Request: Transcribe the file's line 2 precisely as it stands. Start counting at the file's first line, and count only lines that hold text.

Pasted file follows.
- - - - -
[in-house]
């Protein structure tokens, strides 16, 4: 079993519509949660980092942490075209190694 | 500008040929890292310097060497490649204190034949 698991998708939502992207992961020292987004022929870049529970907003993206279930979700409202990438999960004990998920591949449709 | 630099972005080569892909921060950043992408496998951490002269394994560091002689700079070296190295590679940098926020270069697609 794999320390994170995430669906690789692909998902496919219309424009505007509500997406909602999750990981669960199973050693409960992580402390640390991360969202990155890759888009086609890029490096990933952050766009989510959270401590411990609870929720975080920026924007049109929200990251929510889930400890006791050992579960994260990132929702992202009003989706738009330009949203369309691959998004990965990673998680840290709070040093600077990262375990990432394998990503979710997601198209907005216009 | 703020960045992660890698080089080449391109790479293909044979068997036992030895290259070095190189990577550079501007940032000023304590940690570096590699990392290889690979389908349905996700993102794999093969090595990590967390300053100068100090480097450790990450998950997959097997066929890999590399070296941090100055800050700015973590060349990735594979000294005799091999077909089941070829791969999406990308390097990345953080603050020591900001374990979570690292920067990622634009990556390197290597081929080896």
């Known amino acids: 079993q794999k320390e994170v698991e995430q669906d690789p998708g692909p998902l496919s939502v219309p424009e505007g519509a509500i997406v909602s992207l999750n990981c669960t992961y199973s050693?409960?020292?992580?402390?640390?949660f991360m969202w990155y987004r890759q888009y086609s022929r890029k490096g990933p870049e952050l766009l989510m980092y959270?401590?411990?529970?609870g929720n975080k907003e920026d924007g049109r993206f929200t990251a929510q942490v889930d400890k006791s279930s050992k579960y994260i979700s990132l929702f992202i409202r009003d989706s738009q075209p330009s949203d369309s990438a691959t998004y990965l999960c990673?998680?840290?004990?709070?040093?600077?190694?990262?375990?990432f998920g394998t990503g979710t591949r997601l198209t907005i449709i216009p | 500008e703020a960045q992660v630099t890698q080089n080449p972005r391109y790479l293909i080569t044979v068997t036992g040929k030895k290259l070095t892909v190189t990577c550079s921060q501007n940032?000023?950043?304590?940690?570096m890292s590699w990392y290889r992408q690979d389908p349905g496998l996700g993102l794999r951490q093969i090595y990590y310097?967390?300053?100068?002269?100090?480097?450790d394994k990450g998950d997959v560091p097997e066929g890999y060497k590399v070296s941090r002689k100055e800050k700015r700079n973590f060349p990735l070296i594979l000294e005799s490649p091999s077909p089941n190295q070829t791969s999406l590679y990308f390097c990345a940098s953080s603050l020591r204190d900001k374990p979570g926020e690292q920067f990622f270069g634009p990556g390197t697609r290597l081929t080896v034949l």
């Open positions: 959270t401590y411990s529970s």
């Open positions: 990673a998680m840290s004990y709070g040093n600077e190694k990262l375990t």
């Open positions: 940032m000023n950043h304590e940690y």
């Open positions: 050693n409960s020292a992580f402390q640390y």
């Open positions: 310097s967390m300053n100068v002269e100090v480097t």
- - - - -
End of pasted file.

């Protein structure tokens, strides 16, 4: 079993519509949660980092942490075209190694 | 500008040929890292310097060497490649204190034949 698991998708939502992207992961020292987004022929870049529970907003993206279930979700409202990438999960004990998920591949449709 | 630099972005080569892909921060950043992408496998951490002269394994560091002689700079070296190295590679940098926020270069697609 794999320390994170995430669906690789692909998902496919219309424009505007509500997406909602999750990981669960199973050693409960992580402390640390991360969202990155890759888009086609890029490096990933952050766009989510959270401590411990609870929720975080920026924007049109929200990251929510889930400890006791050992579960994260990132929702992202009003989706738009330009949203369309691959998004990965990673998680840290709070040093600077990262375990990432394998990503979710997601198209907005216009 | 703020960045992660890698080089080449391109790479293909044979068997036992030895290259070095190189990577550079501007940032000023304590940690570096590699990392290889690979389908349905996700993102794999093969090595990590967390300053100068100090480097450790990450998950997959097997066929890999590399070296941090100055800050700015973590060349990735594979000294005799091999077909089941070829791969999406990308390097990345953080603050020591900001374990979570690292920067990622634009990556390197290597081929080896």